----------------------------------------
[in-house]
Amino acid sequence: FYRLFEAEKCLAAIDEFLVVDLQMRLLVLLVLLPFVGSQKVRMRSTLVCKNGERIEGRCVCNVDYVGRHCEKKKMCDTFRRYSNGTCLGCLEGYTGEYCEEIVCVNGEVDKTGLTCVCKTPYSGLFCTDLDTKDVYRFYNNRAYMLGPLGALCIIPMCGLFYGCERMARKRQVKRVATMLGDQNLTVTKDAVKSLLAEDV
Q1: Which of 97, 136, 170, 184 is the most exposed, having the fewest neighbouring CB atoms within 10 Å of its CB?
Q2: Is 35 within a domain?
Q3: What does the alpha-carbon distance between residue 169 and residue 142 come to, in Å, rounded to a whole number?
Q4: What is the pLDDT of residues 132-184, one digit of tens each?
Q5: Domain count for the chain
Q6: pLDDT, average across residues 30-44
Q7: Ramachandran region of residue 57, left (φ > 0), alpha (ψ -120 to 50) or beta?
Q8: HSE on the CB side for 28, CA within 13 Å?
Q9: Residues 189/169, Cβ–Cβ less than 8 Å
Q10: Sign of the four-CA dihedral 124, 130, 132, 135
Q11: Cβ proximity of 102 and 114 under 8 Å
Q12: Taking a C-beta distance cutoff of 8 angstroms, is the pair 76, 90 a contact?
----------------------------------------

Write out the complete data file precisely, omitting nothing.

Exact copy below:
[in-house]
Amino acid sequence: FYRLFEAEKCLAAIDEFLVVDLQMRLLVLLVLLPFVGSQKVRMRSTLVCKNGERIEGRCVCNVDYVGRHCEKKKMCDTFRRYSNGTCLGCLEGYTGEYCEEIVCVNGEVDKTGLTCVCKTPYSGLFCTDLDTKDVYRFYNNRAYMLGPLGALCIIPMCGLFYGCERMARKRQVKRVATMLGDQNLTVTKDAVKSLLAEDV
Q1: Which of 97, 136, 170, 184 is the most exposed, having the fewest neighbouring CB atoms within 10 Å of its CB?
Q2: Is 35 within a domain?
Q3: What does the alpha-carbon distance between residue 169 and residue 142 come to, in Å, rounded to a whole number?
Q4: What is the pLDDT of residues 132-184, one digit of tens each?
Q5: Domain count for the chain
Q6: pLDDT, average across residues 30-44
Q7: Ramachandran region of residue 57, left (φ > 0), alpha (ψ -120 to 50) or beta?
Q8: HSE on the CB side for 28, CA within 13 Å?
Q9: Residues 189/169, Cβ–Cβ less than 8 Å
Q10: Sign of the four-CA dihedral 124, 130, 132, 135
Q11: Cβ proximity of 102 and 114 under 8 Å
Q12: Taking a C-beta distance cutoff of 8 angstroms, is the pair 76, 90 a contact?